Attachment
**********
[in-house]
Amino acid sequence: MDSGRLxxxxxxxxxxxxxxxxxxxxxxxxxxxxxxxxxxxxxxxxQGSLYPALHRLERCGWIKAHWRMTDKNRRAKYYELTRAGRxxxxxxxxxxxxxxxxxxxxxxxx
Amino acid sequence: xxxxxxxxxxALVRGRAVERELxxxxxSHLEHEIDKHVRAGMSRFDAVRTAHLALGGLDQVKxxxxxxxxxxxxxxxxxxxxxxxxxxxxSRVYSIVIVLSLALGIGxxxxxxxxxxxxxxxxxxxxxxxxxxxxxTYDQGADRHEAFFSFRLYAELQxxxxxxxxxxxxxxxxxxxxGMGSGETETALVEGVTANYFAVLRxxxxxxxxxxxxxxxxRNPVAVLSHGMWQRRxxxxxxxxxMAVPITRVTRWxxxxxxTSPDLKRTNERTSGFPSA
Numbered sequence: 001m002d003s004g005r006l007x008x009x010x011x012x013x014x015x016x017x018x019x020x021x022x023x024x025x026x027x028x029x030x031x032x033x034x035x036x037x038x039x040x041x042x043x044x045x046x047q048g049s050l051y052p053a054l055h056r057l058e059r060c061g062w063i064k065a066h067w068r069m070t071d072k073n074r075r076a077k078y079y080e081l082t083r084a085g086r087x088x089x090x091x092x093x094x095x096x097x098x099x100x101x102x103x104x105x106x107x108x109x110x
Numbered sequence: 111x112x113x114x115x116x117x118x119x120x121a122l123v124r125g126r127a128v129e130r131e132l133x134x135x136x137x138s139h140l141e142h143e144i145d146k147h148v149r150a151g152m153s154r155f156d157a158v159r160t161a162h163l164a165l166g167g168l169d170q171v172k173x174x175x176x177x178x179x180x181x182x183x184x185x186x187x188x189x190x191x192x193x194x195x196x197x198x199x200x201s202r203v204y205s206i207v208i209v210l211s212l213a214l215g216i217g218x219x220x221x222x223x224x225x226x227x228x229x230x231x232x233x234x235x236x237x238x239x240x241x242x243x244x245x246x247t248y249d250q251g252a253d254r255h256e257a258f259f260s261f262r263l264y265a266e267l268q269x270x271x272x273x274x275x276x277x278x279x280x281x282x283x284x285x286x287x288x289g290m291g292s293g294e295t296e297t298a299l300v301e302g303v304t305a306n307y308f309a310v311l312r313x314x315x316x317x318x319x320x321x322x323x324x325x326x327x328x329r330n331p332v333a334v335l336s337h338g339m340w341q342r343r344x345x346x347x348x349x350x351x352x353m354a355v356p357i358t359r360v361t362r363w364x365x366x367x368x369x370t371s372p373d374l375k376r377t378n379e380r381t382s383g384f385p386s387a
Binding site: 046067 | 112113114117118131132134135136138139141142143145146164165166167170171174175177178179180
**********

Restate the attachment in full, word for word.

[in-house]
Amino acid sequence: MDSGRLxxxxxxxxxxxxxxxxxxxxxxxxxxxxxxxxxxxxxxxxQGSLYPALHRLERCGWIKAHWRMTDKNRRAKYYELTRAGRxxxxxxxxxxxxxxxxxxxxxxxx
Amino acid sequence: xxxxxxxxxxALVRGRAVERELxxxxxSHLEHEIDKHVRAGMSRFDAVRTAHLALGGLDQVKxxxxxxxxxxxxxxxxxxxxxxxxxxxxSRVYSIVIVLSLALGIGxxxxxxxxxxxxxxxxxxxxxxxxxxxxxTYDQGADRHEAFFSFRLYAELQxxxxxxxxxxxxxxxxxxxxGMGSGETETALVEGVTANYFAVLRxxxxxxxxxxxxxxxxRNPVAVLSHGMWQRRxxxxxxxxxMAVPITRVTRWxxxxxxTSPDLKRTNERTSGFPSA
Numbered sequence: 001m002d003s004g005r006l007x008x009x010x011x012x013x014x015x016x017x018x019x020x021x022x023x024x025x026x027x028x029x030x031x032x033x034x035x036x037x038x039x040x041x042x043x044x045x046x047q048g049s050l051y052p053a054l055h056r057l058e059r060c061g062w063i064k065a066h067w068r069m070t071d072k073n074r075r076a077k078y079y080e081l082t083r084a085g086r087x088x089x090x091x092x093x094x095x096x097x098x099x100x101x102x103x104x105x106x107x108x109x110x
Numbered sequence: 111x112x113x114x115x116x117x118x119x120x121a122l123v124r125g126r127a128v129e130r131e132l133x134x135x136x137x138s139h140l141e142h143e144i145d146k147h148v149r150a151g152m153s154r155f156d157a158v159r160t161a162h163l164a165l166g167g168l169d170q171v172k173x174x175x176x177x178x179x180x181x182x183x184x185x186x187x188x189x190x191x192x193x194x195x196x197x198x199x200x201s202r203v204y205s206i207v208i209v210l211s212l213a214l215g216i217g218x219x220x221x222x223x224x225x226x227x228x229x230x231x232x233x234x235x236x237x238x239x240x241x242x243x244x245x246x247t248y249d250q251g252a253d254r255h256e257a258f259f260s261f262r263l264y265a266e267l268q269x270x271x272x273x274x275x276x277x278x279x280x281x282x283x284x285x286x287x288x289g290m291g292s293g294e295t296e297t298a299l300v301e302g303v304t305a306n307y308f309a310v311l312r313x314x315x316x317x318x319x320x321x322x323x324x325x326x327x328x329r330n331p332v333a334v335l336s337h338g339m340w341q342r343r344x345x346x347x348x349x350x351x352x353m354a355v356p357i358t359r360v361t362r363w364x365x366x367x368x369x370t371s372p373d374l375k376r377t378n379e380r381t382s383g384f385p386s387a
Binding site: 046067 | 112113114117118131132134135136138139141142143145146164165166167170171174175177178179180